Five Things The IOC Can Learn From The #SelfieOlympics

In early 2012, to denote the collision between mass-adoption social media and the Olympics, Synergy coined the term 'Socialympics', which subsequently went viral (even being adopted by the IOC), and staged two panel sessions in front of invited audiences either side of London 2012 to discuss the Socialympics phenomenon. (If you missed them, you can find a round-up of Socialympics 1 here and Socialympics 2 here).Fast forward to today, and in the days leading up to Sochi 2014, the first big internet meme of 2014 is the #SelfieOlympics, which has seen teens and young adults compete to top one another with selfies which vary from the extreme to the bizarre and everything in between. You haven't seen one? ('WHAT ARE YOU 30?!' as MTV wrote recently). Here's an early example: 


I can't say that we predicted the #SelfieOlympics back in our 2012 Socialympics sessions (now that would have been something), but I can say that we focused on an issue highlighted by the #SelfieOlympics: the enormous potential of social media to help the IOC address one of its biggest challenges - making the Olympics relevant and accessible to teens and young adults, and reverse the ageing Olympic demographic worldwide.

So, here's five things I'd suggest that the IOC and the Olympic Movement could learn from the #SelfieOlympics about marketing to the young.

1. The young get 'Faster, Higher, Stronger'. For any brand manager that would be good news: for the IOC, in a world full of brands with much bigger budgets competing for the young's attention and understanding, it's amazing news.

2. If you want the young to get into your brand, above all let them have some fun with it. This is not natural territory for the IOC, which has a tendency to be over-worthy, but it's territory they need to embrace.       

3. Your best marketers are your consumers. If the next generation is capable of spontaneously creating and spreading an idea as entertaining and viral as the #SelfieOlympics, who knows what else they can come up with? Invite them to play around some more with your brand.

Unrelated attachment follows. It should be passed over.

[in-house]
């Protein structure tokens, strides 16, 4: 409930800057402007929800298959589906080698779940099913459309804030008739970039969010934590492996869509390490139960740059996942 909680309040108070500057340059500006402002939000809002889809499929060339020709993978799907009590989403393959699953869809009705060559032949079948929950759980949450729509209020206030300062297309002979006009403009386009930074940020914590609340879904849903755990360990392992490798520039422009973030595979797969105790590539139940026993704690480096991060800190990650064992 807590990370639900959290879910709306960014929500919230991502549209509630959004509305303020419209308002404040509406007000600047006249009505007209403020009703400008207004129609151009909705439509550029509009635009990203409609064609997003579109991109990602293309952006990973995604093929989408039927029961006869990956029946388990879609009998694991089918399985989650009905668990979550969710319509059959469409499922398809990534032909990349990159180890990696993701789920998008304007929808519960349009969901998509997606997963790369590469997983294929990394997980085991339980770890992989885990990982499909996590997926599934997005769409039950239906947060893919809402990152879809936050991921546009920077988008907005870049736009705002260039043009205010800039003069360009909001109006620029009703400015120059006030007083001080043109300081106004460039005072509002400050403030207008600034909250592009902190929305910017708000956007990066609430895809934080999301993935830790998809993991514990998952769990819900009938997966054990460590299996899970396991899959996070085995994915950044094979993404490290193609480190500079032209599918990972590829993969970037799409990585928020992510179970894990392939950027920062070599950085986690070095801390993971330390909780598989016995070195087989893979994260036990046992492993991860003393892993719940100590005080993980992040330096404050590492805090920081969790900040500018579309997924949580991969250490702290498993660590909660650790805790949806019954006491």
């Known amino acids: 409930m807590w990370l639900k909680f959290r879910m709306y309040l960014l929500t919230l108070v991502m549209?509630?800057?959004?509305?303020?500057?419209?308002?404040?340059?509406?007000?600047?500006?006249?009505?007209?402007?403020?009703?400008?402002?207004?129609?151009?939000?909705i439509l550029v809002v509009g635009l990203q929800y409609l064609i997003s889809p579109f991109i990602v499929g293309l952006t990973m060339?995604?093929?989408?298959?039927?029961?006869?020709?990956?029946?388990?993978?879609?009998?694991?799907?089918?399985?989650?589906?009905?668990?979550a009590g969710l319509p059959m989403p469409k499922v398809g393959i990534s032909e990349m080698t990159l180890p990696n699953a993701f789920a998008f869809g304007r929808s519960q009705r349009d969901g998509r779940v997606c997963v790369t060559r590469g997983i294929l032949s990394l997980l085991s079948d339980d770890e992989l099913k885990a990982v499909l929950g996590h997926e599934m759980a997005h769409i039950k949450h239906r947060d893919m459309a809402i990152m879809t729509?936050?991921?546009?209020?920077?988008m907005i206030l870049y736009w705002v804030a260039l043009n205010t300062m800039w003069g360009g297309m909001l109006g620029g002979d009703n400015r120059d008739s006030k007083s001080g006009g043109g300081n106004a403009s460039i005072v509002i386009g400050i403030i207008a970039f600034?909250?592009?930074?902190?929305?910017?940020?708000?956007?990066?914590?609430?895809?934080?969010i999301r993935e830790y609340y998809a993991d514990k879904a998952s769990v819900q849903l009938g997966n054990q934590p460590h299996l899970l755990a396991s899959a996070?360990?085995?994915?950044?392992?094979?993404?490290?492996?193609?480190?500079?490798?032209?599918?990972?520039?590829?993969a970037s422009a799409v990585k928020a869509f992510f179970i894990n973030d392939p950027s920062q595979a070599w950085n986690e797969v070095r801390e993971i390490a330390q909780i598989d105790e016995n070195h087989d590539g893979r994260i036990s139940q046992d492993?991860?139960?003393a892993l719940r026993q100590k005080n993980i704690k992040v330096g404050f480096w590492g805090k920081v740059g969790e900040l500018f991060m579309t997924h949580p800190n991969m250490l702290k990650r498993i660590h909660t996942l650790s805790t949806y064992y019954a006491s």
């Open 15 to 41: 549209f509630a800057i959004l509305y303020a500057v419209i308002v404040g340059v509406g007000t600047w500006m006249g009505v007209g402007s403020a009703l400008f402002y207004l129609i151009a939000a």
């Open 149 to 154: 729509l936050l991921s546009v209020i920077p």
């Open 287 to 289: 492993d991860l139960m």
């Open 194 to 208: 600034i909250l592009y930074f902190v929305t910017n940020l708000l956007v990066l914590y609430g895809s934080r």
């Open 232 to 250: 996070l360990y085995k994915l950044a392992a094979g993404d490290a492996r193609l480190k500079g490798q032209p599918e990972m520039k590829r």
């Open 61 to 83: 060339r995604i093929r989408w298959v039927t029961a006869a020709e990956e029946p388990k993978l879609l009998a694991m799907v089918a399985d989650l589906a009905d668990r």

4. If you want to market the Olympics to the young, think beyond sport. The #SelfieOlympics has done as much for the Olympic brand with the young as the Youth Olympic Games, which hasn't ever come close to going viral.

5. If the Olympic brand can go viral in this way once, it can do it again. The IOC and its stakeholders can make this happen: start with athletes posting #SelfieOlympics pics at Sochi, say.

Gearing up for Formula E: Sustainability Gets Sexy.

It is generally overlooked but nonetheless undeniable that innovation in the form of new product development (NPD) has been the lifeblood of top sport worldwide in the modern era. Football’s all-conquering Premier League (created in 1991) and Champions League (1992), cricket’s revolutionary Twenty20 format (2003) and resultant cash colossus the IPL (2008), rugby union’s game-changing World Cup (1987) and European Cup (1995) are all standout NPD examples, but there are many more.


Next off the production line in 2014 is an innovation which has the potential to have the most profound impact of them all – not just on sport, but on society as a whole. Formula E, motorsport’s most radical innovation in generations, is the first world championship race series for electric cars, and will hit cities from London to Los Angeles after its debut in China in September.

Although it’s still early days, even at this stage Formula E is showing all the signs of becoming a major success.

It’s backed by the considerable weight of the Fédération Internationale de l’Automobile (FIA). The cars and tech are being developed by companies with serious racing credentials such as McLaren, Williams and Michelin. And the starting grid is full, ten teams having signed up to take part from a combined eight countries – five from Europe, three from Asia, and two from the US.


There’s also already a tangible feelgood factor in Formula E’s commercial programme. Team investors include Leonardo DiCaprio and Richard Branson’s Virgin. Broadcast deals (Fox, TV Asahi) and sponsorships (DHL and Qualcomm) are flowing, with more in the pipeline. All driven by an astute marketing and PR strategy led by CEO Alejandro Agag, the latest example of which saw the first public demonstration of a Formula E car at CES in Las Vegas.

But the big question, of course, is whether Formula E will prove a hit with fans.


We think it will.Formula E cars will be as good-looking as F1 cars, and seriously fast. 0-60 in 3 seconds, and a top speed of 150 mph. That will feel blindingly fast on the closed-off city street circuits Formula E will use.

F1-type cars racing at over 150 mph through the streets of iconic cities such as London, LA, Monte Carlo and Rio at night will clearly be an amazing spectacle.

Add to that the interactive innovations Formula E is working on – including enabling fans to actually influence races online while they are taking place – and it’s clear that it could also be a revolutionary fan experience.

What's not to like?

Along with the fact that it will all be delivered with minimal climate pollution, and raise awareness of the benefits of driving zero-emissions electric vehicles in congested cities, and it’s also clear that Formula E could be instrumental in making sustainability sexy, worldwide.



This piece features in the 2014 edition of #NowNewNext, Synergy's annual look ahead at trends in marketing and sponsorship.